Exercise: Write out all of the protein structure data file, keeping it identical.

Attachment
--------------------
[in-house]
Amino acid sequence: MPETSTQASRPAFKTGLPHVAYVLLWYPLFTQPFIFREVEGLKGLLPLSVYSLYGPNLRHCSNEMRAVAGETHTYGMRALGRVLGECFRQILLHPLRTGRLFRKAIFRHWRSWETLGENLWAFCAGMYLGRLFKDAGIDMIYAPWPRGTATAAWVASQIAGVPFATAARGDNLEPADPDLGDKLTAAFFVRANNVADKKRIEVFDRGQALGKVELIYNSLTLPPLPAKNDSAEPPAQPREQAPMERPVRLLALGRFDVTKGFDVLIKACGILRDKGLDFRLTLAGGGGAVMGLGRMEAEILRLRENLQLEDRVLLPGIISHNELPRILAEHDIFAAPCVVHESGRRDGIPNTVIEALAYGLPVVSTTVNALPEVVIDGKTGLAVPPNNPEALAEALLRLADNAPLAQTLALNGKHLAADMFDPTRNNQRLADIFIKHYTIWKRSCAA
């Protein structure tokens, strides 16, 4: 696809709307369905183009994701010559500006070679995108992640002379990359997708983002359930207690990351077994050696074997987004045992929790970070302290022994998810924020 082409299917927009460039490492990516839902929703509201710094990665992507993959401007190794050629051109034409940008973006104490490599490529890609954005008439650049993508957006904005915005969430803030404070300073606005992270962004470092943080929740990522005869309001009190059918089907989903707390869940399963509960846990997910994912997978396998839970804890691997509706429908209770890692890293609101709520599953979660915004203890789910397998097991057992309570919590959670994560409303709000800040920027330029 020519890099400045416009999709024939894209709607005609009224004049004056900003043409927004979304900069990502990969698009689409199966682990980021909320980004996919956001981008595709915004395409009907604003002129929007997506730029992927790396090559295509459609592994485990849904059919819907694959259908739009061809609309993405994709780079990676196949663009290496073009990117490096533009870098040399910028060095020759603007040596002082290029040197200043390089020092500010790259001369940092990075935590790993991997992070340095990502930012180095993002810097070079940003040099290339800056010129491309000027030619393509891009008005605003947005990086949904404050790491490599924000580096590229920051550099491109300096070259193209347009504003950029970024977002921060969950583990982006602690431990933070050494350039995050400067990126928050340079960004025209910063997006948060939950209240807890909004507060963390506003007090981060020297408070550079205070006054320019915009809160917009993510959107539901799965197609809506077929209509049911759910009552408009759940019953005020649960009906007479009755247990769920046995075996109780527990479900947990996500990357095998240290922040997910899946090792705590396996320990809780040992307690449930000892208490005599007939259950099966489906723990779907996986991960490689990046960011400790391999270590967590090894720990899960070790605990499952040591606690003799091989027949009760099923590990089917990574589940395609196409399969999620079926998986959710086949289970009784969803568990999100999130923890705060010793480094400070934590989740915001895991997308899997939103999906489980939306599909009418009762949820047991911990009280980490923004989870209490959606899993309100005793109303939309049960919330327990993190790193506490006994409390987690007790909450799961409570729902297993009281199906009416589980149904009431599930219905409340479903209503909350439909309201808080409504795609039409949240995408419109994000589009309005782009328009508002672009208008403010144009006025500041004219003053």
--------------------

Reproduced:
[in-house]
Amino acid sequence: MPETSTQASRPAFKTGLPHVAYVLLWYPLFTQPFIFREVEGLKGLLPLSVYSLYGPNLRHCSNEMRAVAGETHTYGMRALGRVLGECFRQILLHPLRTGRLFRKAIFRHWRSWETLGENLWAFCAGMYLGRLFKDAGIDMIYAPWPRGTATAAWVASQIAGVPFATAARGDNLEPADPDLGDKLTAAFFVRANNVADKKRIEVFDRGQALGKVELIYNSLTLPPLPAKNDSAEPPAQPREQAPMERPVRLLALGRFDVTKGFDVLIKACGILRDKGLDFRLTLAGGGGAVMGLGRMEAEILRLRENLQLEDRVLLPGIISHNELPRILAEHDIFAAPCVVHESGRRDGIPNTVIEALAYGLPVVSTTVNALPEVVIDGKTGLAVPPNNPEALAEALLRLADNAPLAQTLALNGKHLAADMFDPTRNNQRLADIFIKHYTIWKRSCAA
């Protein structure tokens, strides 16, 4: 696809709307369905183009994701010559500006070679995108992640002379990359997708983002359930207690990351077994050696074997987004045992929790970070302290022994998810924020 082409299917927009460039490492990516839902929703509201710094990665992507993959401007190794050629051109034409940008973006104490490599490529890609954005008439650049993508957006904005915005969430803030404070300073606005992270962004470092943080929740990522005869309001009190059918089907989903707390869940399963509960846990997910994912997978396998839970804890691997509706429908209770890692890293609101709520599953979660915004203890789910397998097991057992309570919590959670994560409303709000800040920027330029 020519890099400045416009999709024939894209709607005609009224004049004056900003043409927004979304900069990502990969698009689409199966682990980021909320980004996919956001981008595709915004395409009907604003002129929007997506730029992927790396090559295509459609592994485990849904059919819907694959259908739009061809609309993405994709780079990676196949663009290496073009990117490096533009870098040399910028060095020759603007040596002082290029040197200043390089020092500010790259001369940092990075935590790993991997992070340095990502930012180095993002810097070079940003040099290339800056010129491309000027030619393509891009008005605003947005990086949904404050790491490599924000580096590229920051550099491109300096070259193209347009504003950029970024977002921060969950583990982006602690431990933070050494350039995050400067990126928050340079960004025209910063997006948060939950209240807890909004507060963390506003007090981060020297408070550079205070006054320019915009809160917009993510959107539901799965197609809506077929209509049911759910009552408009759940019953005020649960009906007479009755247990769920046995075996109780527990479900947990996500990357095998240290922040997910899946090792705590396996320990809780040992307690449930000892208490005599007939259950099966489906723990779907996986991960490689990046960011400790391999270590967590090894720990899960070790605990499952040591606690003799091989027949009760099923590990089917990574589940395609196409399969999620079926998986959710086949289970009784969803568990999100999130923890705060010793480094400070934590989740915001895991997308899997939103999906489980939306599909009418009762949820047991911990009280980490923004989870209490959606899993309100005793109303939309049960919330327990993190790193506490006994409390987690007790909450799961409570729902297993009281199906009416589980149904009431599930219905409340479903209503909350439909309201808080409504795609039409949240995408419109994000589009309005782009328009508002672009208008403010144009006025500041004219003053």